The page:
The electoral commission has declared Joseph Kabila the winner of Congo’s presidential elections with 49 percent of the vote. The chief opposition candidate, Etienne Tshisekedi, has rejected the election results. Violence has already broken out, but the reported instances thus far are small in comparison with post-electoral violence in Ivory Coast or Nigeria. How Kabila and Tshisekedi maneuver over the next few days will play a significant role in determining whether Congo descends into widespread bloodshed.
The Carter Center, a non-profit founded by President Jimmy Carter that has broad experience in election monitoring, has determined that the Congo polling “lacked credibility” and rated as “poor” some 40 percent of the 169 compilation centers. Other election monitors have also been critical. The exception is the Southern African Development Community (SADC) observer mission that characterized as “sterling” the performance of the electoral commission – almost certainly damaging its own credibility. The South African opposition, the Democratic Alliance, issued as press release stating that given the “massive electoral fraud,” there is “no way that the South African government can recognize Joseph Kabila as the democratically-elected president.” The U.S. Department of State issued a press release congratulating “the Congolese people for the large voter turnout and enthusiasm” and urged Congolese political leaders “to act responsibly, to renounce violence, and to resolve any disagreements through peaceful dialogue” – a tepid and unenthusiastic response.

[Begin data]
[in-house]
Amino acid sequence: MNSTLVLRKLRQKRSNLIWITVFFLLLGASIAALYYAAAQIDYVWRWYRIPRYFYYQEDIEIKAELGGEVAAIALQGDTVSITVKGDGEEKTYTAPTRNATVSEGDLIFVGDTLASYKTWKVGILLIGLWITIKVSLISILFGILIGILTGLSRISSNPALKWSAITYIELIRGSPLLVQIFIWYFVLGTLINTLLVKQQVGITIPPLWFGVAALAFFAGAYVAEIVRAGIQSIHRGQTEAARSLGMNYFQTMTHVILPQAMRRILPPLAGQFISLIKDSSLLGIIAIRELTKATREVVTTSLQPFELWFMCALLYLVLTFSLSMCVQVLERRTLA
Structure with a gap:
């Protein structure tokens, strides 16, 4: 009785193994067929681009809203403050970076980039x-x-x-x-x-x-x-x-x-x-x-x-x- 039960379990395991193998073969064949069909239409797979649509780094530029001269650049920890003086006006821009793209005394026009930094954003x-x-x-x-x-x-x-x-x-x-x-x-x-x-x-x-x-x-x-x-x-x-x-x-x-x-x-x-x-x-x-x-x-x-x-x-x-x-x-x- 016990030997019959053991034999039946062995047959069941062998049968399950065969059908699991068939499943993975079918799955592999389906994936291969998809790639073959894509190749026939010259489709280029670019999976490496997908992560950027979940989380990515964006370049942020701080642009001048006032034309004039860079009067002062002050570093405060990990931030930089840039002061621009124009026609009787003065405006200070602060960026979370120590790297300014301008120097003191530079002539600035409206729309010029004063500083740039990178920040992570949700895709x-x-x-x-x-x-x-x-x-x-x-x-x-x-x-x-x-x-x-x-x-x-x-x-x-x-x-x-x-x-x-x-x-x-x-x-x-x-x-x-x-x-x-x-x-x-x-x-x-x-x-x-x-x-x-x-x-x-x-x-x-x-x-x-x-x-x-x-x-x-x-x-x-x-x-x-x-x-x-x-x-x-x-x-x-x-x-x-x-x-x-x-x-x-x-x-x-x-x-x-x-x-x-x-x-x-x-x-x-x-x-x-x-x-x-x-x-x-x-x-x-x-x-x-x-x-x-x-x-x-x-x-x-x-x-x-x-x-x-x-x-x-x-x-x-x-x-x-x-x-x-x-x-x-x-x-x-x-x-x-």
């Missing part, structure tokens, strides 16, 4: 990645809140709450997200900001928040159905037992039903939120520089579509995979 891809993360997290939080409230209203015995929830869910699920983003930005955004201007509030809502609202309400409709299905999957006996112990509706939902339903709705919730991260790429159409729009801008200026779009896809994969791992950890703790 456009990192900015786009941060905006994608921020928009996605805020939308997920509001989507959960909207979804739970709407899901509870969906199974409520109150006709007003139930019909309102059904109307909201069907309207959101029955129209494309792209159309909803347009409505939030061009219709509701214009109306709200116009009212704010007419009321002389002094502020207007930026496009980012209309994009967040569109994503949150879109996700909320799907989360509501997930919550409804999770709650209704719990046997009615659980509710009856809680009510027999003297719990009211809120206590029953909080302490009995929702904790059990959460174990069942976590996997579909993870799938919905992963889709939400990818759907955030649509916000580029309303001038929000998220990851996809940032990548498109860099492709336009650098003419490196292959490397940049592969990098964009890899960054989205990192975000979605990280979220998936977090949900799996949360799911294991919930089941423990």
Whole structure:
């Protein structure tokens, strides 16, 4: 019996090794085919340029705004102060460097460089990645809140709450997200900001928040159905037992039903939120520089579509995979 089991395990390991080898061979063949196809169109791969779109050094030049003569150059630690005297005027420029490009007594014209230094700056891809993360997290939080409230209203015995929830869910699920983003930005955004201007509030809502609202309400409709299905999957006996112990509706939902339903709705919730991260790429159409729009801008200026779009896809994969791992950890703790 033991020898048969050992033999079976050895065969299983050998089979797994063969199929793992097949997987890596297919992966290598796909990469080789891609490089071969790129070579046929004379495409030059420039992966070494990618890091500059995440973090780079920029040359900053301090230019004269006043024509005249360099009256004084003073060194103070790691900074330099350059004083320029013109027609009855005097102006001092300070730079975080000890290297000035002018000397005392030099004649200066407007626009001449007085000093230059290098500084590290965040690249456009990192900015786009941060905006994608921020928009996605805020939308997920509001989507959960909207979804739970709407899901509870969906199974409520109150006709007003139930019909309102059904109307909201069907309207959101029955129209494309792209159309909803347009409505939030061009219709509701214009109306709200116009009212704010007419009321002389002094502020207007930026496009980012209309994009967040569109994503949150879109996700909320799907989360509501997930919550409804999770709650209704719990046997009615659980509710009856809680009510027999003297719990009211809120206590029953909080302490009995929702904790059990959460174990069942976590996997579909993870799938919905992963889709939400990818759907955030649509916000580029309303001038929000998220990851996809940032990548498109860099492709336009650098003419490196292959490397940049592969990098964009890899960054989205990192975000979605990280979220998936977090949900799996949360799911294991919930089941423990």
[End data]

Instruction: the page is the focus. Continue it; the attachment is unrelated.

What’s next? Tshisekedi has already declared publicly that he, in fact, won 54 percent of the vote: “As a result, I consider myself from this day on as the elected president.” A Kabila government spokesman characterizes the Tshisekedi statement as an “infraction of the law” and an “attack on the constitution,” according to the press. The press is also reporting that Kinshasa is sharply divided between neighborhoods supporting Kabila and those supporting Tshisekedi.
It looks reminiscent of the stand-off between Laurent Gbagbo and Alassane Ouattara in Ivory Coast that took months – and outside intervention by the French and the UN – to resolve in Ouattara’s favor. The difference thus far is that the international community endorsed the Ivorian elections that Ouattara won, while it has not done so with respect to Congo’s.